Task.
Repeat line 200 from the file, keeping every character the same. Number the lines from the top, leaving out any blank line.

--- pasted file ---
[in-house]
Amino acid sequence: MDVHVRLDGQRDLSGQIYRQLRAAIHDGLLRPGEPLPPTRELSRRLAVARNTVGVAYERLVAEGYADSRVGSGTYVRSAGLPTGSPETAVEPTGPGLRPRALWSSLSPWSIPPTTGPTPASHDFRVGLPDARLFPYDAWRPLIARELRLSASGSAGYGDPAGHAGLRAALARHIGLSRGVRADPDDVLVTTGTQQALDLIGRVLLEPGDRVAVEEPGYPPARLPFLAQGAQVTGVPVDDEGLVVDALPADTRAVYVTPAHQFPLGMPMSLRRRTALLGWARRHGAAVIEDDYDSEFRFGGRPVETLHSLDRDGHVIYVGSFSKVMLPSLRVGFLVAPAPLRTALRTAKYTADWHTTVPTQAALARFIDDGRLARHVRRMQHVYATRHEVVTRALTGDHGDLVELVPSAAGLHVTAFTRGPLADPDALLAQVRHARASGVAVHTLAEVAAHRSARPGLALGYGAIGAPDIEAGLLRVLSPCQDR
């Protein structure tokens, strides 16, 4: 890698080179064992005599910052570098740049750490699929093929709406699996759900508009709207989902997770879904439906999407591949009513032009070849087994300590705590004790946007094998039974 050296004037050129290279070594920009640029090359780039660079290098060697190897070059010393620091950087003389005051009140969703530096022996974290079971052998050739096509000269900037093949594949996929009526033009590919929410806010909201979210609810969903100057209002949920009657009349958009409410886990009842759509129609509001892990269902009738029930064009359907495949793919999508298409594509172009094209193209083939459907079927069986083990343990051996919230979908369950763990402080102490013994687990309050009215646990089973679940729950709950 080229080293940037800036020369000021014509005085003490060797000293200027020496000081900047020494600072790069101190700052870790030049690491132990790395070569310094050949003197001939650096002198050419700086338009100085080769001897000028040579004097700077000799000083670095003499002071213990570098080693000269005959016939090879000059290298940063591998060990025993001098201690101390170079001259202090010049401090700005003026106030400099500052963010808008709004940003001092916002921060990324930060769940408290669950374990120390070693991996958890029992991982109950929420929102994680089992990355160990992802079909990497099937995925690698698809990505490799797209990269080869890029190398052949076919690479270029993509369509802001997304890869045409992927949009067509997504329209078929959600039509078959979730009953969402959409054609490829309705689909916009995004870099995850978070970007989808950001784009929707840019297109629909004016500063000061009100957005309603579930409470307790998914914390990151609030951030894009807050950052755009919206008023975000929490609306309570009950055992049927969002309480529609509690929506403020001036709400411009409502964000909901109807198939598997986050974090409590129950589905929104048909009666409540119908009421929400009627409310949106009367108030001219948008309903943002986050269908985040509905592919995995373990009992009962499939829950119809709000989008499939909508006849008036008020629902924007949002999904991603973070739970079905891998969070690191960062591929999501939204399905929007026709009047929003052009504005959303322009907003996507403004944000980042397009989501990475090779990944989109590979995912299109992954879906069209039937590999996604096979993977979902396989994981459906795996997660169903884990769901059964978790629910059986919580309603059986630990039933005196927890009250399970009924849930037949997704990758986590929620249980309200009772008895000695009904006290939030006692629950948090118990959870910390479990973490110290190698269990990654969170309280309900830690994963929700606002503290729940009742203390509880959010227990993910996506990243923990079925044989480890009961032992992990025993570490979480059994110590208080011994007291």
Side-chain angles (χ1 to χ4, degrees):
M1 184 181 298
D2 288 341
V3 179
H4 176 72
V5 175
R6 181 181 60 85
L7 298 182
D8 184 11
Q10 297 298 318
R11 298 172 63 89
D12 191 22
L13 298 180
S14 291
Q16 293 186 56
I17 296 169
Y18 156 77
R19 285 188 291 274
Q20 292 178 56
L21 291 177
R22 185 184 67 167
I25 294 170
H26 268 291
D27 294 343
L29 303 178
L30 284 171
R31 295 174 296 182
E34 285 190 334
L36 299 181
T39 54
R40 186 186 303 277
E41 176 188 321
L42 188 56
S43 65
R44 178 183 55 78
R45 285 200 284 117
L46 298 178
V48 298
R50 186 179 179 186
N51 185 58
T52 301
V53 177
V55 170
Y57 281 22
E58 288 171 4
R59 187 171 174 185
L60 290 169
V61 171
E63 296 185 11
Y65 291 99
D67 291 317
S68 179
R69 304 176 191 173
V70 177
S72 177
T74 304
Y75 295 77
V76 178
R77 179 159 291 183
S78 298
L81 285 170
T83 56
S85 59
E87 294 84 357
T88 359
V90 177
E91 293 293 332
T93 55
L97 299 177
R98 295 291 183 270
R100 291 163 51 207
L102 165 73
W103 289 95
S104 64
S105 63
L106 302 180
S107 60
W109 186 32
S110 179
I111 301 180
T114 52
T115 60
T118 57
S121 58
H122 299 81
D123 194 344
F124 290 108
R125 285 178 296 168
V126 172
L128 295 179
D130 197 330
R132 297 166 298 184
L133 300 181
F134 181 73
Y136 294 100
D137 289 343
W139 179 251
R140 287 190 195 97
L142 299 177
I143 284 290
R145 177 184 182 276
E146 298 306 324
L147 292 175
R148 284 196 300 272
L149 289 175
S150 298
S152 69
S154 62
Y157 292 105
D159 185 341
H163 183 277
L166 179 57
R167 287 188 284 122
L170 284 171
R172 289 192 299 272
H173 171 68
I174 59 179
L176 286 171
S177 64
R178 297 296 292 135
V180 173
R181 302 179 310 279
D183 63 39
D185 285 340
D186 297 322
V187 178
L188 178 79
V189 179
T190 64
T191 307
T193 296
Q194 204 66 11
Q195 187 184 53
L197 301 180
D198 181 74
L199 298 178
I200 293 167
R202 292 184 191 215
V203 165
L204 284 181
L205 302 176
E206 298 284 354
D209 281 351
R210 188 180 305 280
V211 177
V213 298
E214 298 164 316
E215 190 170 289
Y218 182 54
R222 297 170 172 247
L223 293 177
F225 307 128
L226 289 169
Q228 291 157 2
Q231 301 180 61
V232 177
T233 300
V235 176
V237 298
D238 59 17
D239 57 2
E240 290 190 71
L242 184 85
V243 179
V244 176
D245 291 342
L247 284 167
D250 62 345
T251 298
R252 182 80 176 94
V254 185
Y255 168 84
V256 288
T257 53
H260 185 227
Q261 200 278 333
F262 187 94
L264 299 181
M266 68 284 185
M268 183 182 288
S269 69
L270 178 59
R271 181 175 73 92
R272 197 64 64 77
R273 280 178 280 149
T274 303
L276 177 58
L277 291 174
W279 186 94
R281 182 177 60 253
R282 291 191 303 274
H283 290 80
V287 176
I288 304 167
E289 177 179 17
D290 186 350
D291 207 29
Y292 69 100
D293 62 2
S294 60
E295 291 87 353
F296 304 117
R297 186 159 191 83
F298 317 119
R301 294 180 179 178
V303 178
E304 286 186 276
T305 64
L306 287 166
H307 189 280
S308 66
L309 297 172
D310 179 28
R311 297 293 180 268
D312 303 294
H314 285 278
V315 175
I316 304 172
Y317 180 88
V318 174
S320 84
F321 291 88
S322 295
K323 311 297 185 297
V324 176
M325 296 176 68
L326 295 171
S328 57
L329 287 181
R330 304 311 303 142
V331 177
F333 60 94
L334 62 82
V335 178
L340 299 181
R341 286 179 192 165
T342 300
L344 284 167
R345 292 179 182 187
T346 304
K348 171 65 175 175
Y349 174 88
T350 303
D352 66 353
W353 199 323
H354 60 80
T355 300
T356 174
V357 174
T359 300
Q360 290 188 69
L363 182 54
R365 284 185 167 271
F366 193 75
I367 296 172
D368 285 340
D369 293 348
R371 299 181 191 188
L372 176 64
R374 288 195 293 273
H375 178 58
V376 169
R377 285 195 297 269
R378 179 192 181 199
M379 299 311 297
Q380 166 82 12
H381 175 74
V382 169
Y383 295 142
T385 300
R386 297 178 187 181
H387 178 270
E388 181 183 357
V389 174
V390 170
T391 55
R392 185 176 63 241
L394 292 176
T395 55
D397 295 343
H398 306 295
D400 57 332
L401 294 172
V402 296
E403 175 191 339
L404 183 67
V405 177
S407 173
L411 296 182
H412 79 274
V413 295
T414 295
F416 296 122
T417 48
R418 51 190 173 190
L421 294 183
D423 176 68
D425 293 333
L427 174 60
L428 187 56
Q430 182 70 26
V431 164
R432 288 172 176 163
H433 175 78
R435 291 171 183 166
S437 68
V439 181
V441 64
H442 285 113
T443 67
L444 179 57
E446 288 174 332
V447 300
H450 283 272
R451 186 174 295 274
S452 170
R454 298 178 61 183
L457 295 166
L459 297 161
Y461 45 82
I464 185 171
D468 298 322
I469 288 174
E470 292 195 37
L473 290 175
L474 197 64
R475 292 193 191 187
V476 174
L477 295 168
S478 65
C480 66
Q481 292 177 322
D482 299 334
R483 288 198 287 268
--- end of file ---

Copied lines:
D291 207 29